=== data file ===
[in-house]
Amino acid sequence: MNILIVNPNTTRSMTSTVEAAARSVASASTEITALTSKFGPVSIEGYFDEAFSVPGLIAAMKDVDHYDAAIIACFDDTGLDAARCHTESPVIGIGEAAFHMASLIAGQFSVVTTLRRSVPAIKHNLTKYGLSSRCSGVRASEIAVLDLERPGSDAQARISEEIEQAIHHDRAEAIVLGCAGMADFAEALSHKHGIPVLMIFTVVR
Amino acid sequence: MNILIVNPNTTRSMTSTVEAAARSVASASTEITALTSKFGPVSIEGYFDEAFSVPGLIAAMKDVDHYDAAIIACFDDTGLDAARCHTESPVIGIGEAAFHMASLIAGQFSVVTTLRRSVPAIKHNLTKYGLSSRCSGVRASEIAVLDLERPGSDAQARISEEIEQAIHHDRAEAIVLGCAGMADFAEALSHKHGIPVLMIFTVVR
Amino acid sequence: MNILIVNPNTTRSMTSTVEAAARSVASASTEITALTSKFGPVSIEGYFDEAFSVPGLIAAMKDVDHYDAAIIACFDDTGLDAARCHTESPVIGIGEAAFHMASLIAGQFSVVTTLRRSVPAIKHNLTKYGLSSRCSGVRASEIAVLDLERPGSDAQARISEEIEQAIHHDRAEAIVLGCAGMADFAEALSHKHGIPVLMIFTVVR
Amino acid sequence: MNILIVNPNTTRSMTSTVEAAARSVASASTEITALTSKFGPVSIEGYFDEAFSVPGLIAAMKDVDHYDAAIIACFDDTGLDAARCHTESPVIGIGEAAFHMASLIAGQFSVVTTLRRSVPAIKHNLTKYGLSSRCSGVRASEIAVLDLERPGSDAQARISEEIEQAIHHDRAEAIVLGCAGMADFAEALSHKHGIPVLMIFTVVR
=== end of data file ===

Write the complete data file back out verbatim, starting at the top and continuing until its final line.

[in-house]
Amino acid sequence: MNILIVNPNTTRSMTSTVEAAARSVASASTEITALTSKFGPVSIEGYFDEAFSVPGLIAAMKDVDHYDAAIIACFDDTGLDAARCHTESPVIGIGEAAFHMASLIAGQFSVVTTLRRSVPAIKHNLTKYGLSSRCSGVRASEIAVLDLERPGSDAQARISEEIEQAIHHDRAEAIVLGCAGMADFAEALSHKHGIPVLMIFTVVR
Amino acid sequence: MNILIVNPNTTRSMTSTVEAAARSVASASTEITALTSKFGPVSIEGYFDEAFSVPGLIAAMKDVDHYDAAIIACFDDTGLDAARCHTESPVIGIGEAAFHMASLIAGQFSVVTTLRRSVPAIKHNLTKYGLSSRCSGVRASEIAVLDLERPGSDAQARISEEIEQAIHHDRAEAIVLGCAGMADFAEALSHKHGIPVLMIFTVVR
Amino acid sequence: MNILIVNPNTTRSMTSTVEAAARSVASASTEITALTSKFGPVSIEGYFDEAFSVPGLIAAMKDVDHYDAAIIACFDDTGLDAARCHTESPVIGIGEAAFHMASLIAGQFSVVTTLRRSVPAIKHNLTKYGLSSRCSGVRASEIAVLDLERPGSDAQARISEEIEQAIHHDRAEAIVLGCAGMADFAEALSHKHGIPVLMIFTVVR
Amino acid sequence: MNILIVNPNTTRSMTSTVEAAARSVASASTEITALTSKFGPVSIEGYFDEAFSVPGLIAAMKDVDHYDAAIIACFDDTGLDAARCHTESPVIGIGEAAFHMASLIAGQFSVVTTLRRSVPAIKHNLTKYGLSSRCSGVRASEIAVLDLERPGSDAQARISEEIEQAIHHDRAEAIVLGCAGMADFAEALSHKHGIPVLMIFTVVR